Tender cubes of sashimi-grade salmon soaked in a delicious Japanese marinade and served with crunchy cucumber and fresh avocado over fluffy white rice. This salmon don recipe is refreshing, filling and easy to make! Let's get started!
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What is Salmon Don?
Salmon don is a simple dish traditionally made with slices of sashimi-grade salmon served over rice. You could say that it is a variation of "kaisendon", a rice bowl dish topped with a mixture of raw seafood. In my recipe, I add cubes of crunchy cucumber and soft avocado to make the dish a little more nutritious and texturally interesting.
This is actually one of my go-to recipes when I don't feel like cooking. It's refreshing, filling and a great way to enjoy the natural flavors of fresh ingredients. Whether it's summer or winter, for lunch or dinner, this is a perfect dish for any time!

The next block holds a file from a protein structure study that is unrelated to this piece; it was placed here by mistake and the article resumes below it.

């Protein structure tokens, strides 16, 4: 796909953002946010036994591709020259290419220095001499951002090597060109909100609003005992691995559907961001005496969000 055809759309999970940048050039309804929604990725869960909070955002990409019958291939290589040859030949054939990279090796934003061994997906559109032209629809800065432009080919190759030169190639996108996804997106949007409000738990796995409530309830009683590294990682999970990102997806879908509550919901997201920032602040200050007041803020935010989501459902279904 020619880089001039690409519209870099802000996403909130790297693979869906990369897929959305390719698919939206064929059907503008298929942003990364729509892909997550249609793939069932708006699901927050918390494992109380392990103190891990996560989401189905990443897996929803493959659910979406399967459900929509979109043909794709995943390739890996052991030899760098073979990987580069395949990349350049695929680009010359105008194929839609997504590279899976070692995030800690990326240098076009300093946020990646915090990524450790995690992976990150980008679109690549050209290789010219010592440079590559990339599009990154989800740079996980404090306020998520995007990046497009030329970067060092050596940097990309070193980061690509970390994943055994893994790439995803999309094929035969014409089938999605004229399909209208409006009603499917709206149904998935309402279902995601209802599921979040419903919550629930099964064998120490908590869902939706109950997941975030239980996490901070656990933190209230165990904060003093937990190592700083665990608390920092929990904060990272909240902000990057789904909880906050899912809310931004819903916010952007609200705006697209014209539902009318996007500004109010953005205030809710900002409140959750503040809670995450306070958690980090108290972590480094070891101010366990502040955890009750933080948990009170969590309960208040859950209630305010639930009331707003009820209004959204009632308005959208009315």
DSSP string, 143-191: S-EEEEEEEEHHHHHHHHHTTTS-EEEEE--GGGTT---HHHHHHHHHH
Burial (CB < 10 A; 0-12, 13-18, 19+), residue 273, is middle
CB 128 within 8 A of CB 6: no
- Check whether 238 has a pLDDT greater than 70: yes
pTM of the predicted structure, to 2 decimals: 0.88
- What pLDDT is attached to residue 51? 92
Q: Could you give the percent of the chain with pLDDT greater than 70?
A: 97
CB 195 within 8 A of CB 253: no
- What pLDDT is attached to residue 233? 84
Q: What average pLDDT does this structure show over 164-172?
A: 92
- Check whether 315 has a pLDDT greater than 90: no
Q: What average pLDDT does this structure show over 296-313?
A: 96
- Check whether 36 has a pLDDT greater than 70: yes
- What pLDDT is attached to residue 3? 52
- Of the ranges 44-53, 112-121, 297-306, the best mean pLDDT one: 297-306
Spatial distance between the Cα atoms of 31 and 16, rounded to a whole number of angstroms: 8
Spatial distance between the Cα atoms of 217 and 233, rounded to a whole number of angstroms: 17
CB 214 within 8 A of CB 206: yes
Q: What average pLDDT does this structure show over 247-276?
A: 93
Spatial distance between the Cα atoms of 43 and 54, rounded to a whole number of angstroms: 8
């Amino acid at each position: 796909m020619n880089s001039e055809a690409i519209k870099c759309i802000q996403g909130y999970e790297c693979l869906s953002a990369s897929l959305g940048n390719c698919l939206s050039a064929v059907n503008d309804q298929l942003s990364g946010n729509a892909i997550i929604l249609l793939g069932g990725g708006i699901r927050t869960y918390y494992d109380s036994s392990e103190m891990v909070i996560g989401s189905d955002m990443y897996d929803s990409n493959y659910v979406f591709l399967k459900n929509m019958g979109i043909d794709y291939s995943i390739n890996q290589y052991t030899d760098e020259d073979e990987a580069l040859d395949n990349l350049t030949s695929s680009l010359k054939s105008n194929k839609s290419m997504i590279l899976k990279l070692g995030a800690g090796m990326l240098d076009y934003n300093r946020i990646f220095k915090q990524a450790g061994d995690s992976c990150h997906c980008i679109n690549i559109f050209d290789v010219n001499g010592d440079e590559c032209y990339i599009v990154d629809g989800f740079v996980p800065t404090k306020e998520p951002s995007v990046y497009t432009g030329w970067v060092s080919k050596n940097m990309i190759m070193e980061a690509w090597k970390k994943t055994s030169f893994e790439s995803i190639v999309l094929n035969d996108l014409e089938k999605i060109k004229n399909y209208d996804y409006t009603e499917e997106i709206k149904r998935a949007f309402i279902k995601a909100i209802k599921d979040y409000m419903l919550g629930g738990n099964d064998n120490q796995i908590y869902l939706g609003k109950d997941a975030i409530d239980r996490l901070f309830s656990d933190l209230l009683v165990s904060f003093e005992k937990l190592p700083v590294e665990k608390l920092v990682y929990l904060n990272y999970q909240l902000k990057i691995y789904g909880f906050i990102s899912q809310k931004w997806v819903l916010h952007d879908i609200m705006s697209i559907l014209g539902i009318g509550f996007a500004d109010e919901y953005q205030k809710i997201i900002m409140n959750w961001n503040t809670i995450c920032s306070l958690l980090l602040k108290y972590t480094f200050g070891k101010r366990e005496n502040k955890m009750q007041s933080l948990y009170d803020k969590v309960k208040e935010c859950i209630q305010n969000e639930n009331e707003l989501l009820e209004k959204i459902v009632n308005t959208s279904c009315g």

What is Donburi?
Donburi (丼) is the Japanese word for "rice bowl". Because most Japanese families own rice cookers, donburi is considered a quick and convenient meal, especially topped with raw seafood that is reasonably priced and readily available at supermarkets in Japan.
A few similar donburi dishes include:
- Kaisendon (海鮮丼) Mixed raw seafood rice bowl
- Magurozuke don (マグロ漬け丼) Raw tuna served over white rice
- Tekka Don (鉄火丼) Red parts of raw tuna served over vinegared rice
- Salmon and Ikura no Oyakodon (サーモンとイクラの親子丼) A rice bowl topped with salmon sashimi and salmon roe
If you have a rice cooker and access to sashimi-grade fish, you can enjoy making and eating these dishes anytime!
IngredientsYou Will Need
This simple recipe only requires a handful of ingredients, so it's important to use fresh and high-quality for the best results. For my recipe, you will need: